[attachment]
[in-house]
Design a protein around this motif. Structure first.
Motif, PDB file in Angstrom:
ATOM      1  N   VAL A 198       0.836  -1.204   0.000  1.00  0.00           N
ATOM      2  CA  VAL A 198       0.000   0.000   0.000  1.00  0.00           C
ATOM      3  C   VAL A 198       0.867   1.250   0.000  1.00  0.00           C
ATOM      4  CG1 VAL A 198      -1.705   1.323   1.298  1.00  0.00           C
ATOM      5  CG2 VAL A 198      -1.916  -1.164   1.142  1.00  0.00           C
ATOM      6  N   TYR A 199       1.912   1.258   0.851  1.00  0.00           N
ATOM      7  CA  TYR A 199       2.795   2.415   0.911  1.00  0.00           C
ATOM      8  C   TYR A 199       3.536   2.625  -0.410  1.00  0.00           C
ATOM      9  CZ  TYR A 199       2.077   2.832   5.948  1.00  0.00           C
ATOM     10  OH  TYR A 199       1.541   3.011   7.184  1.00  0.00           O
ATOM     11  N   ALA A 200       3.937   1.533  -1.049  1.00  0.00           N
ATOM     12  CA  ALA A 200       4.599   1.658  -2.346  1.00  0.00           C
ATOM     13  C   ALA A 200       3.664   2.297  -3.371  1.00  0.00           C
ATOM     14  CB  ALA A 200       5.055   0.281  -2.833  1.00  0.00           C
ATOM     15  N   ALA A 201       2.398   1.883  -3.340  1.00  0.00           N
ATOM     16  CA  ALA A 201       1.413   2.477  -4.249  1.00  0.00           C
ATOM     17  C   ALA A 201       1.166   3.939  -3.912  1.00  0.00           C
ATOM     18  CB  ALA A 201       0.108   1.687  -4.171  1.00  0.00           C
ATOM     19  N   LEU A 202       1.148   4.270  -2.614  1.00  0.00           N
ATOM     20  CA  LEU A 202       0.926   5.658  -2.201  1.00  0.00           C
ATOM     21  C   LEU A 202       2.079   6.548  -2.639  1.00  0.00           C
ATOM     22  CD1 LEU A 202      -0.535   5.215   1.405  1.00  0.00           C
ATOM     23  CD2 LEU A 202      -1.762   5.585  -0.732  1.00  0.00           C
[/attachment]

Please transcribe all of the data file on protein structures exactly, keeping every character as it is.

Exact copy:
[in-house]
Design a protein around this motif. Structure first.
Motif, PDB file in Angstrom:
ATOM      1  N   VAL A 198       0.836  -1.204   0.000  1.00  0.00           N
ATOM      2  CA  VAL A 198       0.000   0.000   0.000  1.00  0.00           C
ATOM      3  C   VAL A 198       0.867   1.250   0.000  1.00  0.00           C
ATOM      4  CG1 VAL A 198      -1.705   1.323   1.298  1.00  0.00           C
ATOM      5  CG2 VAL A 198      -1.916  -1.164   1.142  1.00  0.00           C
ATOM      6  N   TYR A 199       1.912   1.258   0.851  1.00  0.00           N
ATOM      7  CA  TYR A 199       2.795   2.415   0.911  1.00  0.00           C
ATOM      8  C   TYR A 199       3.536   2.625  -0.410  1.00  0.00           C
ATOM      9  CZ  TYR A 199       2.077   2.832   5.948  1.00  0.00           C
ATOM     10  OH  TYR A 199       1.541   3.011   7.184  1.00  0.00           O
ATOM     11  N   ALA A 200       3.937   1.533  -1.049  1.00  0.00           N
ATOM     12  CA  ALA A 200       4.599   1.658  -2.346  1.00  0.00           C
ATOM     13  C   ALA A 200       3.664   2.297  -3.371  1.00  0.00           C
ATOM     14  CB  ALA A 200       5.055   0.281  -2.833  1.00  0.00           C
ATOM     15  N   ALA A 201       2.398   1.883  -3.340  1.00  0.00           N
ATOM     16  CA  ALA A 201       1.413   2.477  -4.249  1.00  0.00           C
ATOM     17  C   ALA A 201       1.166   3.939  -3.912  1.00  0.00           C
ATOM     18  CB  ALA A 201       0.108   1.687  -4.171  1.00  0.00           C
ATOM     19  N   LEU A 202       1.148   4.270  -2.614  1.00  0.00           N
ATOM     20  CA  LEU A 202       0.926   5.658  -2.201  1.00  0.00           C
ATOM     21  C   LEU A 202       2.079   6.548  -2.639  1.00  0.00           C
ATOM     22  CD1 LEU A 202      -0.535   5.215   1.405  1.00  0.00           C
ATOM     23  CD2 LEU A 202      -1.762   5.585  -0.732  1.00  0.00           C